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Old 19th Jan 2019, 03:34
  #3113 (permalink)  
 
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It was a couple of nights ago on the BBC politics show that both Alistair Campbell and Nigel Farage were on the panel. I doubt that very many people are supporters of both but I have to say that the level of debate between them, which was never short of civilised btw, showed the real paucity of our current political leadership. The Maybot continues her circular hectoring whilst Corbyn misses even the most obvious open goal. Had he accepted her invitation to talk he could have walked out declaring that she was devoid of new ideas and totally inflexible and maybe gained at least some political advantage. Instead he went to Hastings and preached to the converted who looked like a bunch of out of touch superannuated hippies.

Back on BBC QT Diane Abbott proceeded to lop another couple of percentage points off Labour's poll ratings while Rory "nice but dim" Stewart did his best to put them on again by a slavish display of worshipping the gormless Maybot.
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Old 19th Jan 2019, 05:07
  #3114 (permalink)  
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Interesting research that shows the public, if not enrhoisiastic, could live with a Norway++ deal.

It makes the caveat that those polled ere not told the deal would include the four freedoms. I would add that, as with any deal, the EU would also insist in a permanent backstop clause being included in case the UK should ever attempt to exit the arrangement.

As with any alternate deal, the devil is in the details.

Would a Norway option break the Brexit stalemate? Here's what new polling tells us
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Old 19th Jan 2019, 05:16
  #3115 (permalink)  
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The Maybot continues her circular hectoring whilst Corbyn misses even the most obvious open goal. Had he accepted her invitation to talk he could have walked out declaring that she was devoid of new ideas and totally inflexible and maybe gained at least some political advantage. Instead he went to Hastings and preached to the converted who looked like a bunch of out of touch superannuated hippies.
Very firmly tongue in cheek, but Hugo Rifkind’s “My Week” sketch in The Times today seems to cover the point well.....

“.....Jeremy Corbyn
Of course I’m not ruling out a second referendum. I’m just saying that, if you want one, then it’s pretty clear you should vote for us in an election we’re not going to get and support our manifesto which will say we’re not going to have one. Otherwise you’re a Tory........

Keir Starmer
“Seriously,” I say to Jeremy. “I don’t understand the strategy. The public doesn’t understand why you won’t talk to her. This whole Brexit debate is happening without us. What on earth makes you think you’ll be able to claim in the future that you were present but not involved?”

Jeremy just stares at me.

“Oh wait,” I say. “I’ve just got this.”........
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Old 19th Jan 2019, 05:17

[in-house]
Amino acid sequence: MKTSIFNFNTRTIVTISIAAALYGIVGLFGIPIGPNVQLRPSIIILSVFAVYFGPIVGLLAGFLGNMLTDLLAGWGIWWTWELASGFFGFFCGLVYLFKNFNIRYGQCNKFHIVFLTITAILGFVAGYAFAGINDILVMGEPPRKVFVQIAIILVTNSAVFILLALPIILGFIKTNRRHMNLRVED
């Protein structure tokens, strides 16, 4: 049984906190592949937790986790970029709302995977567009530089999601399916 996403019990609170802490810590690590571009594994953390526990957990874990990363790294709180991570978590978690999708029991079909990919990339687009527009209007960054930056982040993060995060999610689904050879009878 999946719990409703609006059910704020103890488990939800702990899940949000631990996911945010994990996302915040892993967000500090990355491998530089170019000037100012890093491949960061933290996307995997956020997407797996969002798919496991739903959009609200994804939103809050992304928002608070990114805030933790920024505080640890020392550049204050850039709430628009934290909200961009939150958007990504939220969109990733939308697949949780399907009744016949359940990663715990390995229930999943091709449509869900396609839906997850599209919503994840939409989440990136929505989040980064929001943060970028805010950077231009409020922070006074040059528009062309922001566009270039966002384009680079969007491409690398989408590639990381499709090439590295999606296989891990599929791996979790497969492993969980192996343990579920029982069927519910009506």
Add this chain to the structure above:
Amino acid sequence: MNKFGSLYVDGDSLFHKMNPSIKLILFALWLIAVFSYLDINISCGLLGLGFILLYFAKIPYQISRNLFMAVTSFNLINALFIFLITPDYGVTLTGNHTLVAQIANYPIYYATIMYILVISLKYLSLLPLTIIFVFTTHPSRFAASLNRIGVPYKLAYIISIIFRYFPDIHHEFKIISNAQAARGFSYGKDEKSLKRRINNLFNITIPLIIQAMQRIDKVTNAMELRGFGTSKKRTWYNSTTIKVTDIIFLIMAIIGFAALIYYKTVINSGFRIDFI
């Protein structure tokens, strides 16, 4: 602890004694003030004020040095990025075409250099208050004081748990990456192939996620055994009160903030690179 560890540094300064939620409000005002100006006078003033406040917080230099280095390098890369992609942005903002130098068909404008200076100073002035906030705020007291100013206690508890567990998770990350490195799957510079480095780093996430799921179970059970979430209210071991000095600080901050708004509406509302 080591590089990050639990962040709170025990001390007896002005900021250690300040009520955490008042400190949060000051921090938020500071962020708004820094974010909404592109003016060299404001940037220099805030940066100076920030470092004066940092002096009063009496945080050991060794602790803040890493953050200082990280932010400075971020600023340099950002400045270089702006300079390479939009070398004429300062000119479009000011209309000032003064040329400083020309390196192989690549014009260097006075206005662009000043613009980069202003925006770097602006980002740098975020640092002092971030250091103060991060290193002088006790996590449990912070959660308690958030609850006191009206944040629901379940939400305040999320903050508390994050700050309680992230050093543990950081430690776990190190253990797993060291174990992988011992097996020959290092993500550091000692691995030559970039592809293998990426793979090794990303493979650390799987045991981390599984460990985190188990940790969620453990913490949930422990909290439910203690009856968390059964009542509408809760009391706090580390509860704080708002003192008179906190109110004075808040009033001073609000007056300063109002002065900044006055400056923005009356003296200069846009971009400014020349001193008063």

#3116 (permalink)  
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Originally Posted by Sallyann1234 View Post
I see that BoJo's lies about Turkey have been caught out.

https://www.bbc.co.uk/news/uk-politics-46926119
Yep, perfect irony really......Boris surrounded by JCB's and digging a very deep hole for himself in the interview......also mentioned was one M.Gove......but no surprise there as we know.

Here's Boris doing his stand up comedian impression in front of a rapt audience .....

https://www.channel4.com/news/boris-...gration-claims
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Old 19th Jan 2019, 05:58
  #3117 (permalink)  
 
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He did say he would lie in front of a bulldozer & yesterday he did just that for forty minutes... With thanks to Tom Peck.

Unbelievable that so many are willing to behave in such a one eyed fashion overlooking the continual lies in pursuit of their dreams. I couldn't look in the mirror were that me.
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Old 19th Jan 2019, 06:33
  #3118 (permalink)  
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https://www.ft.com/content/901f95fe-...4-d150b3105d21

UK can delay Brexit without holding Europe elections, say lawyers
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Old 19th Jan 2019, 06:46
  #3119 (permalink)  
 
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Originally Posted by G0ULI View Post


As the boss of Nissan pointed out, many components used in the UK manufacturing plants are supplied from Japan, which is not in the EU.

At risk of further accusations of this or that from the terminally convinced, I'm here once again to pull a poster on inaccuracies & tin foil hattery.



It's a pity you don't quantify 'many'. I can only surmise you don't know the numbers or possibly less likely, you do but don't want to spell it out. Well I do. In the case of Nissan, since you brought Ghosn up, it imports 85% of all components used at Sunderland from Europe. They come here unimpeded by customs checks or non tariff barriers because they originate in the single market.

Of the remaining 15% of the FIVE MILLION parts that arrive daily, ~10% come from elsewhere than Japan. So if you're going to come here & proffer cast iron forecasts of our future, you had better be sure of your numbers or I & others will judge the value accordingly. While you're doing this, a crash course on tier 1 & 2 suppliers in the automotive manufacturing supply chain would help enormously.
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Old 19th Jan 2019, 07:17
  #3120 (permalink)  
 
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Re Mrs May's term as Home Sec, here's a shocking example of how her legacy is still being felt: https://www.bbc.co.uk/news/uk-englan...shire-46927791
I often find myself wondering what happened to her formative years as a vicar's daughter. Her immigration policies show a complete abandonment of any so called Christian" qualities.